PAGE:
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Selling War On Platinum Plates, Sponsored By London

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Image by Joe Clark
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“British by birth” reads a tag line superimposed in bold, black text on top of a freshly painted camouflaged tank. Yesterday, the world’s leading biennial arms trade show, Defence and Security Equipment International (DSEI), opened its doors in London’s ExCeL centre, bringing with it much controversy, protest, and questionable quotes from international trade secretary Liam Fox.

As over 34,000 visitors pour into the great exhibition hall of war and destruction, it seems as though political moral high grounds are exempt inside its walls. Delegations from oppressive, human rights violating regimes such as Bahrain and Saudi Arabia are welcomed with open arms, alongside them are representatives from the world’s most powerful (and rich) arms companies. It comes then as no surprise that in the weeks leading up to this charade, 100 protesters have been arrested.

An arms trade show taking place in the centre of a city that otherwise promotes liberalism, and justice raises many concerns. And protesting against its abhorrent insensitive approach is certainly credible, but lacks turf on an argument too entangled with politics’ most powerful forces: lobbing, international trade and war. The arms trade complies with all laws and export controls imposed by the British government – and that includes Britain's export of weapons to 22 of the 30 countries on its own human rights violation watch list. The law can be likened to a child’s malleable plasticine, in rainbow colours, when large scale profit is involved.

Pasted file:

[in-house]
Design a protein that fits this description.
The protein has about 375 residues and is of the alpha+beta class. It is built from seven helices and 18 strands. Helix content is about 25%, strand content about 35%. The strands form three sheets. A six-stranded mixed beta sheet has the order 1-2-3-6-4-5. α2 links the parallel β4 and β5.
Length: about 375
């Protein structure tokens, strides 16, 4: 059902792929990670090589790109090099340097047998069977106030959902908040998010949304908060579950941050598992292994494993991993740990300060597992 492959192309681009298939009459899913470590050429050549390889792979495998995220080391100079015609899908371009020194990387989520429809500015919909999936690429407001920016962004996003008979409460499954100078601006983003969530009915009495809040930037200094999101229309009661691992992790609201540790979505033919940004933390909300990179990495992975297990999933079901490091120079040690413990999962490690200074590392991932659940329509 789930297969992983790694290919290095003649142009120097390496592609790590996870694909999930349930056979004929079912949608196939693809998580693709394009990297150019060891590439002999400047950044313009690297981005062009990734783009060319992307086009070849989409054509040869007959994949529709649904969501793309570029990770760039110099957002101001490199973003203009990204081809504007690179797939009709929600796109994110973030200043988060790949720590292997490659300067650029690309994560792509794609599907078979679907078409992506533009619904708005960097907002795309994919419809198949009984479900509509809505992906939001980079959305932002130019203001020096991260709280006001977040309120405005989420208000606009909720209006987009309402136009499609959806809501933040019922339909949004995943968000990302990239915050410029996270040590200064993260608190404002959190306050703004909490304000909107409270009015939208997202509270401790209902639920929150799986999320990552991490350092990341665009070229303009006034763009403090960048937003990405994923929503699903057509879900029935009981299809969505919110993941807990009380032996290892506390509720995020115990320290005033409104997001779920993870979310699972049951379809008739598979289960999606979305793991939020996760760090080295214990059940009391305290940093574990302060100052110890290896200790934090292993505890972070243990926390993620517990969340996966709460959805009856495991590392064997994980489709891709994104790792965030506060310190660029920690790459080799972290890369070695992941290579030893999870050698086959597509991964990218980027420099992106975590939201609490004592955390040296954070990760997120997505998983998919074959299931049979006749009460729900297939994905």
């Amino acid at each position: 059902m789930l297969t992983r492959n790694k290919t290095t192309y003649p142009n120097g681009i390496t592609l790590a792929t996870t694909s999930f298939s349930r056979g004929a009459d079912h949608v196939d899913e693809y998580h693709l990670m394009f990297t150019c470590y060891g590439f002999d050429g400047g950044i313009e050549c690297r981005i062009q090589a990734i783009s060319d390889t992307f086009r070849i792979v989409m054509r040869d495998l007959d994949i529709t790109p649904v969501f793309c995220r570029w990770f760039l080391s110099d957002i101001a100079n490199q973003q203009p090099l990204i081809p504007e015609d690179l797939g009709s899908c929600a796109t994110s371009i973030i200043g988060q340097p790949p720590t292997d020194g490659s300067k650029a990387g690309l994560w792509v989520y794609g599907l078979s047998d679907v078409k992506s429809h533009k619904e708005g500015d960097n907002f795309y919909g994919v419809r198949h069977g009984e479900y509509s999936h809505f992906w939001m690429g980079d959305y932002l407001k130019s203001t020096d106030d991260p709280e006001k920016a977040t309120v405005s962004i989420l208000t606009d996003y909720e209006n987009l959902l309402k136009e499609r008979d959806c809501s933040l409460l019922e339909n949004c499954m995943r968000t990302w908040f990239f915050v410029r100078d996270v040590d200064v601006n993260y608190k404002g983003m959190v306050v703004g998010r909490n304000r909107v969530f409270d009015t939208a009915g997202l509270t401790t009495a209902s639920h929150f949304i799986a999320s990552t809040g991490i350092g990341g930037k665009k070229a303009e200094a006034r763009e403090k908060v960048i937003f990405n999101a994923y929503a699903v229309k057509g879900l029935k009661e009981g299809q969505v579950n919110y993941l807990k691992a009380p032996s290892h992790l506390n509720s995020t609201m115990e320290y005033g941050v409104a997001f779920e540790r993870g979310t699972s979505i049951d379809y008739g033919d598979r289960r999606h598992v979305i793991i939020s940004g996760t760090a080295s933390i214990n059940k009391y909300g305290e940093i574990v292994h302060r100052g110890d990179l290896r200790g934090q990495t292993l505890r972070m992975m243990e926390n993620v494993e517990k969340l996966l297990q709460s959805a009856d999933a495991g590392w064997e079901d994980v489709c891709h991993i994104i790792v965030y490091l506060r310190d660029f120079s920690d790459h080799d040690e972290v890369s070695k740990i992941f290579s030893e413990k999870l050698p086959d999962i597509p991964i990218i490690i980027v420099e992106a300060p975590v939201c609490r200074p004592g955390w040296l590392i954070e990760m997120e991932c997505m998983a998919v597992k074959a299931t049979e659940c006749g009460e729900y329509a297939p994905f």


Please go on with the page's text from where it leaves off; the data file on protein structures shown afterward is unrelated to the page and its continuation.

In the lead up to the show, Sadiq Khan said “I am opposed to London being used as a market place for the trade of weapons to those countries that contribute to human rights abuses.” While Liam Fox stood proudly during yesterday’s opening day as he exclaimed “We must work to defend and promote the established defence industry.”

Stopping global war, exploitation and human rights violation too often feels like an incomprehensible task. But allowing what is essentially a war expo to take place inside a glistening arena, outside of the contexts of war and its visible effects, is a crime on every level – whether it complies with regulations or not.

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